News: Featured Stories

January 1, 2015

2014: Year in review

  • Medical School
A look at 2014 highlights at UMass Medical School.

It’s been another banner year at UMass Medical School. Whether it was news about the Ebola crisis, the urgent need for increased NIH funding or recognition of the groundbreaking programs and scientists here, UMassMedNow kept the medical school community informed every day. Here are some of the biggest stories we covered in 2014. We’re looking forward to an even bigger 2015.

U.S. News & World Report ranks UMMS fifth in primary care

 UMMS was ranked fifth in primary care education among 128 medical schools and 25 schools of osteopathic medicine surveyed by U.S. News & World Report.
UMMS was ranked fifth in primary
care education by U.S. News
& World Report.

UMMS was ranked fifth in primary care education among 128 medical schools and 25 schools of osteopathic medicine surveyed by weekly news magazine U.S. News & World Report in its 2015 edition of the “Best Graduate Schools” issue. UMMS has been listed near the top of the category since 1994 when the magazine began publishing the rankings. U.S. News also ranked UMMS 49 among research schools and 50 in the biological sciences.




The ‘Ice Bucket Challenge’ captivates the country and the campus

Just as the nation was beginning to get swept up in the “Ice Bucket Challenge” to raise awareness of ALS, UMass Medical School Chancellor Michael F. Collins and Chair and Professor of Neurology Robert H. Brown Jr., DPhil, MD, took the plunge. The viral social media campaign highlighted the need for an ALS cure and brought attention to the cutting-edge research done at UMMS.  The inaugural Governor Cellucci Tribute Road Race in Hudson in August benefitted the UMass ALS Cellucci Fund.

UMMS focuses on Ebola relief in Liberia

Building on a long relationship with Liberia, UMMS as a community has been deeply involved in the global response to the Ebola outbreak in West Africa. From providing direct care to sending supplies and partnering to rebuild the health care infrastructure, UMMS is committed to seeing Liberia emerge from this crisis as quickly as possible.

Victor Ambros awarded 2015 $3M Breakthrough Prize for co-discovery of microRNAs

Victor R. Ambros, PhD, was awarded a $3 million Breakthrough Prize in Life Sciences for his co-discovery of a new world of genetic regulation by microRNAs, a class of tiny RNA molecules that inhibit translation or destabilize complementary mRNA targets.

NIH awards Schiffer $7.9 million to attack drug resistance

Internationally renowned drug resistance expert Celia Schiffer, PhD, is exploring why diseases rapidly develop resistance to drugs, a growing problem in the treatment of some of the deadliest diseases. Her approach aims to tackle resistance in the drug design process.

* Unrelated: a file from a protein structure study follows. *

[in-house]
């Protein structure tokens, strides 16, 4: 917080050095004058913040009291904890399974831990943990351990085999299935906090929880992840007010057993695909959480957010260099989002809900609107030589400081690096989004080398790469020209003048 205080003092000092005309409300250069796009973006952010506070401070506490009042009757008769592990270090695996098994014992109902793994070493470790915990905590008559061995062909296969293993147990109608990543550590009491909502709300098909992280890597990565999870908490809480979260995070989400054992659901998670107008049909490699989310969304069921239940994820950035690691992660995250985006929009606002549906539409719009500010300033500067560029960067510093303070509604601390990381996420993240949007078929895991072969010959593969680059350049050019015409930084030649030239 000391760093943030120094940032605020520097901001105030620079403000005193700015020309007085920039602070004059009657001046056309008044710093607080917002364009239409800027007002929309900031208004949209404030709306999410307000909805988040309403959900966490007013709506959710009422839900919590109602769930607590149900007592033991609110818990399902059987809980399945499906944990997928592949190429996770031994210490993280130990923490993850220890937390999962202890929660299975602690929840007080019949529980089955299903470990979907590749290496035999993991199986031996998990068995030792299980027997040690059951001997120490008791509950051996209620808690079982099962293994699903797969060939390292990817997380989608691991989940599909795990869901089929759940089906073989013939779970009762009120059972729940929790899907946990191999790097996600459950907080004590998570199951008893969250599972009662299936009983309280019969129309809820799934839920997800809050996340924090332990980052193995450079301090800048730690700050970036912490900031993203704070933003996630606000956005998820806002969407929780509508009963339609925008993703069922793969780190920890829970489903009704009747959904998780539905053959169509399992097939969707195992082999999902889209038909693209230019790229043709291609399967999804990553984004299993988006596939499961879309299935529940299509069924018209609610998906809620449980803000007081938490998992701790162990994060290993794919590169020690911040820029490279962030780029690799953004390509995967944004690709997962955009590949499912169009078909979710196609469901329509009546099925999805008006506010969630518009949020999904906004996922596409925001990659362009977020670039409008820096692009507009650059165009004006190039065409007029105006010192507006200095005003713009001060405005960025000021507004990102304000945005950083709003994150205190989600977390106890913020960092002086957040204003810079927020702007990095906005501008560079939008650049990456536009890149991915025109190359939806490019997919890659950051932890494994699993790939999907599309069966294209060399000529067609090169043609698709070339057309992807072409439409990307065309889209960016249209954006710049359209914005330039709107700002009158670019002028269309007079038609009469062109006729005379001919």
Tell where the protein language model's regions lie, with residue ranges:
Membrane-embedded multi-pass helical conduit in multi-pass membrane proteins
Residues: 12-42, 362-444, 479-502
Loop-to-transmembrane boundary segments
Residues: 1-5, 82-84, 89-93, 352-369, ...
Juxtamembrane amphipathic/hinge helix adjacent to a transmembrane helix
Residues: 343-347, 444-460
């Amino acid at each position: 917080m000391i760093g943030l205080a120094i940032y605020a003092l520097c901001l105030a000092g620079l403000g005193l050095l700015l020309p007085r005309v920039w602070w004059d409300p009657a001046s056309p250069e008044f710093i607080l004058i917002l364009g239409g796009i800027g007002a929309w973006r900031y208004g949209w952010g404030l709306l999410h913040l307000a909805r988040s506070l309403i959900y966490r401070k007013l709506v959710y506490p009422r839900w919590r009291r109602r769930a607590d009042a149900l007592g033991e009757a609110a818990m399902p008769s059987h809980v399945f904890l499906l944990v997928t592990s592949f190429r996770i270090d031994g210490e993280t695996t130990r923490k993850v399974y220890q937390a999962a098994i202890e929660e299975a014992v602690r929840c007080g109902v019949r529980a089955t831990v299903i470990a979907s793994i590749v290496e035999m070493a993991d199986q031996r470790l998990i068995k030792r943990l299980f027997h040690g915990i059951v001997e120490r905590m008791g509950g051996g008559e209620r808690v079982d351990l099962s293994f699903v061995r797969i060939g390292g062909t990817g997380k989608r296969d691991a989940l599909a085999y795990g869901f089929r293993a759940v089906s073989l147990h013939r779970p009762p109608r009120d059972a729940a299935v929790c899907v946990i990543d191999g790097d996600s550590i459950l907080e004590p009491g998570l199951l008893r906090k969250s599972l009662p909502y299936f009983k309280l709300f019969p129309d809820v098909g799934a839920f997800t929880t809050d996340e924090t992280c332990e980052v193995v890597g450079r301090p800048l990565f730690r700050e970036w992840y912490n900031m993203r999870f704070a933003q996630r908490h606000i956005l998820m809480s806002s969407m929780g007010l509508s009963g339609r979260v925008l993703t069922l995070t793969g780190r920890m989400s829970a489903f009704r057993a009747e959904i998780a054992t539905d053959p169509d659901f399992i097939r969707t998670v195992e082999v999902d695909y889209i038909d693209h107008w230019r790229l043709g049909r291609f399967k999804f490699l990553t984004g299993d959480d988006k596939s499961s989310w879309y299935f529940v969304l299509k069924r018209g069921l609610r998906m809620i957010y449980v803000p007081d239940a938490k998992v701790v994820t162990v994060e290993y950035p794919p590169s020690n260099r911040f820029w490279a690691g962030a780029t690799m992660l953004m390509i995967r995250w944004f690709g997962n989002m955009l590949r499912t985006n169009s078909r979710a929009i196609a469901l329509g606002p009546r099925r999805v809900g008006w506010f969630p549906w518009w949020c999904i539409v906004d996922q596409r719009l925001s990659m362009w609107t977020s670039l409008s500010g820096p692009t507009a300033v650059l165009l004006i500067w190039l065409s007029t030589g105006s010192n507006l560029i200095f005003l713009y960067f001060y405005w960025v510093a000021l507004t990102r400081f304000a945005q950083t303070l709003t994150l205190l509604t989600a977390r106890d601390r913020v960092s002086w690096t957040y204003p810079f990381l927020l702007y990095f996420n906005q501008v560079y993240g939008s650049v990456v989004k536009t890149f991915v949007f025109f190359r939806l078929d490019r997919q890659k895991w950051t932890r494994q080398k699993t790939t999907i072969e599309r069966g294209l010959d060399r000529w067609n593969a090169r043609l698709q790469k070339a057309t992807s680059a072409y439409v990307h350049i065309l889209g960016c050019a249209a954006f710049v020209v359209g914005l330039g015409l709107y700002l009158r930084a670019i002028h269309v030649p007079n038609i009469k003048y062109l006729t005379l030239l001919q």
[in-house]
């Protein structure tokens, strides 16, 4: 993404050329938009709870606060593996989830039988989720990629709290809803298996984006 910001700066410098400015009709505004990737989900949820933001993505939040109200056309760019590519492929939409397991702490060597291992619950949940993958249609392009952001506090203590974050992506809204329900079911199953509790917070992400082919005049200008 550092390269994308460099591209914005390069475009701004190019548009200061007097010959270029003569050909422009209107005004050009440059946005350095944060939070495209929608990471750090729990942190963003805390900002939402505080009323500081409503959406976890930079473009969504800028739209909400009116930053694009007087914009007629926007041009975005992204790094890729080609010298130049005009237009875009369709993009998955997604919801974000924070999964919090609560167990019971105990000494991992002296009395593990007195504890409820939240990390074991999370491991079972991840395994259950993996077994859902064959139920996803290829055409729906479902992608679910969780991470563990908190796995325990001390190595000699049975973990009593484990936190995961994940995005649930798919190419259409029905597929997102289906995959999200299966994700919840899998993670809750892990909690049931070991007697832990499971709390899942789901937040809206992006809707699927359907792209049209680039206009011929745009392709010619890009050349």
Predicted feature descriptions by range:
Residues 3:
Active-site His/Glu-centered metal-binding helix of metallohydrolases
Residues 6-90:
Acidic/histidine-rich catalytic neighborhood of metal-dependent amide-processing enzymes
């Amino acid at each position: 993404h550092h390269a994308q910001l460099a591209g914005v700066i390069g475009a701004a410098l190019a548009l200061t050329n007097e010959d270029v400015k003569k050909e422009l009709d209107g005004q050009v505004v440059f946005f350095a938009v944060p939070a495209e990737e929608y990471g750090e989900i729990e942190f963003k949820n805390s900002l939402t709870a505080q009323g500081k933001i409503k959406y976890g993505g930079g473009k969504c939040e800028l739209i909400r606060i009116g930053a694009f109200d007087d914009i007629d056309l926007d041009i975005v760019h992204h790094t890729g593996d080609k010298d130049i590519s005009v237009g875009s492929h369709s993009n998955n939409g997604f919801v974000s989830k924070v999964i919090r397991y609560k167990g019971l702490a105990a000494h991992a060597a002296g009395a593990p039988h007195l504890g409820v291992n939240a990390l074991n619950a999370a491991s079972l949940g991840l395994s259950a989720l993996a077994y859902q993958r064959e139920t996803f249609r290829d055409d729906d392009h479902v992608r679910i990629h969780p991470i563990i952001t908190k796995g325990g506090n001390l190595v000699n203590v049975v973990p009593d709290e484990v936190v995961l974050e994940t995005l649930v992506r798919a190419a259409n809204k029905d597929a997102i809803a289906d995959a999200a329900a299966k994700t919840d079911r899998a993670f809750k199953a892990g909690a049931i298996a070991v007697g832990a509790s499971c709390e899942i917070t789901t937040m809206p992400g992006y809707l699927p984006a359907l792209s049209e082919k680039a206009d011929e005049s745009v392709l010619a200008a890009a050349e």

Rando receives NIH Director’s Pioneer Award for epigenetic inheritance research

Oliver Rando, MD, PhD, received one of 10 highly competitive NIH Director’s Pioneer Awards, which challenge investigators to develop groundbreaking approaches. His work is changing preconceived notions about how inheritance works and could lead to better understanding of complex heritable diseases such as diabetes and heart disease.

Anderson Cooper turns to UMMS for 60 Minutes report on mindfulness

As the mindfulness movement continues to gain momentum worldwide, 60 Minutes correspondent Anderson Cooper spotlighted the renowned UMMS Center for Mindfulness in Medicine, Health Care and Society in a report, interviewing Jon Kabat-Zinn, PhD; Judson Brewer, MD, PhD; and Jean King, PhD.

Confronting the challenge of declining NIH funding

As shrinking NIH funding continues to be a significant challenge to academic medical centers, institutional and local leaders worked to keep attention focused on what’s at stake. U.S. Rep. James P. McGovern used the occasion of Commencement to call for increased funding to sustain the remarkable medical research advances happening here and efforts continued throughout the year to maintain the drumbeat.

Advancing public health

One of the pillars of the institution’s mission is to advance public health and 2014 brought a number of important developments that strengthened partnerships and placed prevention at the forefront of improved public health.

Chancellor Collins recognizes faculty with Chancellor’s Medals

Chancellor Michael F. Collins awarded Chancellor’s Medals to four faculty members at Convocation in recognition of their commitment to teaching, scholarship, clinical excellence and service: David Clive, MD;  Allan Jacobson, PhD; Karen Green, MD; and Michele Pugnaire, MD.